When I was recently wandering through the white bone forest of Sycamores (Platanus wrightii) along the Gila River, I happened upon a single Desert Buckthorn (a local Redroot species, Ceanothus greggii), in exuberant bloom, the lilac and cream blossoms fragrant with a scent I associate so specifically with here. With these wild lands I love. The Buckthorn is an important medicine in my practice, it’s blood red roots serving as a strong alterative and lymphatic, that I especially value when treating many chronic hepatic disorders. The wintergreen flavor of the roots and bark also make it one of Rhiannon and I’s favorite plants for chewing on simply for enjoyment. Nearby, the Cleavers (Galium aparine) grows lush in the shady spots beneath the trees. While people don’t often think of Cleavers actually growing in the desert, it surely does, along with an impressive array of other medicinal plants.
Just beyond the Desert Buckbrush, I climbed the box canyon’s wall to gather the twigs of Rabbit Thorn (Lycium pallidum), where purplish buds were just beginning to form in preparation for their delicately veined flowers so soon to come. Beneath the brush, rocks veined with copper and quartz glitter in the noonday light. Rambling through the Gila, it’s so easy for what we consider to be mundane reality to quickly shift into myth-time, the space in which we can better experience the more-than-human world, and our own magical place in the larger ecology. The medicine and stories of place rising up, undeniable, from the plants, animals, the very stones themselves. There’s a damn good reason New Mexico is called the land of enchantment, and it’s not just to bring in more tourist dollars. There is a palpable intensity to the mountains, grasslands, deserts, wetlands, and woodlands here that sets the human spirit afire.
Back down on the banks of the Gila river, the first golden blossoms of Monkeyflowers (Mimulus spp.) glow, and the Evening Primroses (Oenothera spp.) turn from white to pink under the desert sun. Both are gentle, nourishing medicines, and favored allies of mine. Their ability to calm anxiety and uplift the heart, speaks of their sweet but tenacious natures. Cottonwoods, Los Alamos, line the water, their aromatic buds just beginning to unfurl, and their spicy sweet scent travels on the breeze. At home in the wood stove warmer, several quarts of the sticky buds are infusing into grapeseed and olive oil in preparation for the annual medicine making of salves and liniments created to relieve aches and pains, chest/sinus congestion, and to heal wounds.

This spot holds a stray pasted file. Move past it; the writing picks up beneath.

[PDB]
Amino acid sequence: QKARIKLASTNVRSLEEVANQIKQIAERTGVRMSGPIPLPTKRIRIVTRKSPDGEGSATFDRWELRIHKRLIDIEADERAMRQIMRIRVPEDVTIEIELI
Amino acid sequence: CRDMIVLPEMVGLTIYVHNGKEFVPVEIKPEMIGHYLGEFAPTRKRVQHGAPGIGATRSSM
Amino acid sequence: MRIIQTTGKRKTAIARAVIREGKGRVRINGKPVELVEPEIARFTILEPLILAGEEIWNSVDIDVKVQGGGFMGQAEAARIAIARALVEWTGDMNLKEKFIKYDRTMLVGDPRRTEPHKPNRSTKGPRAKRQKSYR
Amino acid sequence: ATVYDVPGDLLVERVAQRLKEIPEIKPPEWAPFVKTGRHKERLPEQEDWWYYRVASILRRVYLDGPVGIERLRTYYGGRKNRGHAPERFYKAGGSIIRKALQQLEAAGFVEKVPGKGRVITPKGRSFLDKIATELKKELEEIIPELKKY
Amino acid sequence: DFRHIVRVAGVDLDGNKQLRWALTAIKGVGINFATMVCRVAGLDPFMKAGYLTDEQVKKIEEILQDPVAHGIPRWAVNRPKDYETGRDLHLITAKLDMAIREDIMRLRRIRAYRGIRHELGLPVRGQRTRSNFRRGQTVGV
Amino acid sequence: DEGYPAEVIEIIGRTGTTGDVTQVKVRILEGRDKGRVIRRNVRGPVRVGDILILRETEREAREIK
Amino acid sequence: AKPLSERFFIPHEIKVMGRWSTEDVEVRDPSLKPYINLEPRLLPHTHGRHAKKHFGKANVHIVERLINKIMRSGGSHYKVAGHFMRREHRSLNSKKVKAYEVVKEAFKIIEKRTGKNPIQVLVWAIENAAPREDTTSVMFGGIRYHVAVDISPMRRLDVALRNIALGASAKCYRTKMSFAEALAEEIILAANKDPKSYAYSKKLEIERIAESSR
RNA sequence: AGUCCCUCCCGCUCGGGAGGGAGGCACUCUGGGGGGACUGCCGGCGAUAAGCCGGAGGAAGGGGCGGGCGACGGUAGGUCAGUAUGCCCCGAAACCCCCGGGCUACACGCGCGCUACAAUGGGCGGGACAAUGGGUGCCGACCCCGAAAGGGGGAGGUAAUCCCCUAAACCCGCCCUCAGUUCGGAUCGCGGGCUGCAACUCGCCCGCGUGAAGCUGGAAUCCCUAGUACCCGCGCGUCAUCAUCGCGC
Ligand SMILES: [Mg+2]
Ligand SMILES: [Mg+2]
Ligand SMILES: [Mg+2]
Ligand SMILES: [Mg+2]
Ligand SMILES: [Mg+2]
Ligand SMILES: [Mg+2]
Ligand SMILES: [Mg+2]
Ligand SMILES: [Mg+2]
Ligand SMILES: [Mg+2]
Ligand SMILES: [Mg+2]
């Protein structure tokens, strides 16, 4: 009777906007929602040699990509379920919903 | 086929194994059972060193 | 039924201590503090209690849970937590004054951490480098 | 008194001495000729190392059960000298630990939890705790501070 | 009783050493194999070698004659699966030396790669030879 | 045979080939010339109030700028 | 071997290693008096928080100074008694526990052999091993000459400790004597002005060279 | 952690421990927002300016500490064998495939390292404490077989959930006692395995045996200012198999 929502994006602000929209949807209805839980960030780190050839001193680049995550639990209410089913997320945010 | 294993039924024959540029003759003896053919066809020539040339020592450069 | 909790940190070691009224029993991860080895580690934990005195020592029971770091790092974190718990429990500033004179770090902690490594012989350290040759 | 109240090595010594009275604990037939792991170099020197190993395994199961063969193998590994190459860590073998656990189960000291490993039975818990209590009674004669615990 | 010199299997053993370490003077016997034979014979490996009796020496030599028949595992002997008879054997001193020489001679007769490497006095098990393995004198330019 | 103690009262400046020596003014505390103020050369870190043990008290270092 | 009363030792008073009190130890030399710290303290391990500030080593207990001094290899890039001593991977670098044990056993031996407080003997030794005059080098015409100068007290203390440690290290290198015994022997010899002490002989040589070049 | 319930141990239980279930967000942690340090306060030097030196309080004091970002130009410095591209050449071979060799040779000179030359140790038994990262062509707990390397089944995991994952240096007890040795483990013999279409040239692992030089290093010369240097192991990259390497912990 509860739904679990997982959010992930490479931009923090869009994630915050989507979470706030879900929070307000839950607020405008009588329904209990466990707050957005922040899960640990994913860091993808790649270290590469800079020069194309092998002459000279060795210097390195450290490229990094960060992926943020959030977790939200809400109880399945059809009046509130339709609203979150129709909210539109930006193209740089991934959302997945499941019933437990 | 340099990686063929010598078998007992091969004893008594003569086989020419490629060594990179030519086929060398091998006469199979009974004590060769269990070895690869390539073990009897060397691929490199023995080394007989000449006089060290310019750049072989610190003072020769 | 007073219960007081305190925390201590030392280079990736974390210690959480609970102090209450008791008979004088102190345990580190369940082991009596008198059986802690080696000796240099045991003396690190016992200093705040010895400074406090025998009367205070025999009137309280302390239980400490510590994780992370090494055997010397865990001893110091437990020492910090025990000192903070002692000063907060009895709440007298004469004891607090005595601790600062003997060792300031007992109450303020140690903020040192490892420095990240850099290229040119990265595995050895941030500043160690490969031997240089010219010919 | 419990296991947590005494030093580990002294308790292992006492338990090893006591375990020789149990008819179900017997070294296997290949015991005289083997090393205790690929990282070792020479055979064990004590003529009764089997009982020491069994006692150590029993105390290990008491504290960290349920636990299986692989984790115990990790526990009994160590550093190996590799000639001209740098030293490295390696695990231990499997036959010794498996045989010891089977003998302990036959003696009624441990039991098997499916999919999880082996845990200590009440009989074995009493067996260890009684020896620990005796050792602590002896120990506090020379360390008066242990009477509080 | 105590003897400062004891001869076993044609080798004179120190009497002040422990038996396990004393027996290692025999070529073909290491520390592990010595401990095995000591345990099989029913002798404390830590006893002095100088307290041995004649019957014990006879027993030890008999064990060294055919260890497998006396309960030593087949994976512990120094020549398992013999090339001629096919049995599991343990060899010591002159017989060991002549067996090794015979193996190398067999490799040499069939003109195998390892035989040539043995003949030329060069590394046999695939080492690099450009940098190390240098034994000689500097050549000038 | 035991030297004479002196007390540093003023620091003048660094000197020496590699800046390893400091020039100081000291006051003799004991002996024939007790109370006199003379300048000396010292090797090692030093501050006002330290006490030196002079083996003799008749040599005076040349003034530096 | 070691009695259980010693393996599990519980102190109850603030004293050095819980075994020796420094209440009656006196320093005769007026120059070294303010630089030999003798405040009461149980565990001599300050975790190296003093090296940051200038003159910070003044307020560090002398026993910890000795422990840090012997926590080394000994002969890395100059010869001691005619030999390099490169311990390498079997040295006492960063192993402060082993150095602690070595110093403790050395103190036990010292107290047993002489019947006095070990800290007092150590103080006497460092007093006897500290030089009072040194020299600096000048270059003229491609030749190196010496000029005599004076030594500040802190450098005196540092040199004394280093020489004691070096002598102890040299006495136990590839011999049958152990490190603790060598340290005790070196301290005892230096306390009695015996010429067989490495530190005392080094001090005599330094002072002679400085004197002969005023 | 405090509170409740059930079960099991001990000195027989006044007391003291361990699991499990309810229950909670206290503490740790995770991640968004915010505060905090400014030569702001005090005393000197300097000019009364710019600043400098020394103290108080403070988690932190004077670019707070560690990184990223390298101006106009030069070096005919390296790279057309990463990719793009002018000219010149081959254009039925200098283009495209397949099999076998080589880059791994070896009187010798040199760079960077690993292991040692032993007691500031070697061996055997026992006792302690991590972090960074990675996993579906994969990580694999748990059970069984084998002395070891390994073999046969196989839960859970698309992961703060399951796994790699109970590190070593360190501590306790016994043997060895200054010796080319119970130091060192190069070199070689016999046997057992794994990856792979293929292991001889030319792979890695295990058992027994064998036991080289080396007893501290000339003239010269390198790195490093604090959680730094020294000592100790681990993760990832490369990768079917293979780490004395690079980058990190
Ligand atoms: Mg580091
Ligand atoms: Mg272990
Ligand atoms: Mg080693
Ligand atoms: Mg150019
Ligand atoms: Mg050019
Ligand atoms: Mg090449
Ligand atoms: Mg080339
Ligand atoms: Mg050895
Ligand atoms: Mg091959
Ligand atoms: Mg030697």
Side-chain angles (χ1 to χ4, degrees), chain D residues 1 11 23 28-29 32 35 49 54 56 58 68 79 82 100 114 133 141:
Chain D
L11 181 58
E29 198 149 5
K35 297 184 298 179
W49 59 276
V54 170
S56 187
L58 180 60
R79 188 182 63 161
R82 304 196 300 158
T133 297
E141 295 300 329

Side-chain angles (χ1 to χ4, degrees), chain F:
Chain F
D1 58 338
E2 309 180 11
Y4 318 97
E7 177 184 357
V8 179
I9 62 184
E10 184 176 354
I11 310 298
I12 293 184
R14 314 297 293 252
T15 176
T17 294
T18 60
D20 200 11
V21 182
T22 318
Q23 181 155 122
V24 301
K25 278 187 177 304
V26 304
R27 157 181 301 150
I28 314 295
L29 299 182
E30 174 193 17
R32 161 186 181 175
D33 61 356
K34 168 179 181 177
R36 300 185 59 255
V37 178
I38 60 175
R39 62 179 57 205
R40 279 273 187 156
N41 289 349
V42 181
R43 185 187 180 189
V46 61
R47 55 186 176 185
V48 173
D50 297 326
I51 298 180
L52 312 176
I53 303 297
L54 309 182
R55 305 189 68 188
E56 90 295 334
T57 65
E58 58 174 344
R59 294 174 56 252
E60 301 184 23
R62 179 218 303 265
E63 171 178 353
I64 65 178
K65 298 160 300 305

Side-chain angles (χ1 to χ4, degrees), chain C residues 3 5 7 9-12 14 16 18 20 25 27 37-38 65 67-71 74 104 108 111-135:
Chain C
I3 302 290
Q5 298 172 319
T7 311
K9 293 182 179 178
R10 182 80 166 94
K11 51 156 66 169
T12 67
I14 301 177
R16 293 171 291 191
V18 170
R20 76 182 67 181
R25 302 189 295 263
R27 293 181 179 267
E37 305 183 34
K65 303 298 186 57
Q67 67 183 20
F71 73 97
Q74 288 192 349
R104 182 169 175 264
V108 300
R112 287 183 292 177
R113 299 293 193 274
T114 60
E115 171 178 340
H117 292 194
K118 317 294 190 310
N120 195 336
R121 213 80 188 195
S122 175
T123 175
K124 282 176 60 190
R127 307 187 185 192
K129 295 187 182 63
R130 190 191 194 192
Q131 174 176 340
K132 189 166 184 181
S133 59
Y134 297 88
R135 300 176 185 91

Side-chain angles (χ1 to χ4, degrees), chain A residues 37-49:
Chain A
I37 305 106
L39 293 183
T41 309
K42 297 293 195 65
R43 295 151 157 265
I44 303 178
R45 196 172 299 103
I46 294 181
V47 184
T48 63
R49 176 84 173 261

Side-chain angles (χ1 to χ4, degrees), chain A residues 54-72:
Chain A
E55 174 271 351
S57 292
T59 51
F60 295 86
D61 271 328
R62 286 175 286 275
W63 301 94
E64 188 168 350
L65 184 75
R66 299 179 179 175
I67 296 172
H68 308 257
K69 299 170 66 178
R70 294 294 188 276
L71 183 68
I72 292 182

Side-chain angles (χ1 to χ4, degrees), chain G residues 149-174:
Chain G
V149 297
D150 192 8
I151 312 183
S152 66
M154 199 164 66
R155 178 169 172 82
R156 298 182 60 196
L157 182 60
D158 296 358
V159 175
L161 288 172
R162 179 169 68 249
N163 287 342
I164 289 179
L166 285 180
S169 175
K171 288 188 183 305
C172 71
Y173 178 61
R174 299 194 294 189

Standing with both feet in the shallows of the river, I look around at the healing found here in this patch of land many would call barren, and am awed by the power of the desert. Not just by its wealth of medicinal plants, but also by the myriad kinds of medicine that shimmer in the vital force, the anima, that ripples through river and its sands, through the wildflowers and trees, up out of the glittering bedrock and into the red rockface that rises up around me. To be a medicine woman here, is to recognize and learn the mystery and beauty of it all, to delve into the medicine that thrums through my body every time I open my eyes in the morning to the sky and stones, ravens and ringtails, spines and flowers. Spring comes, and it sings in me.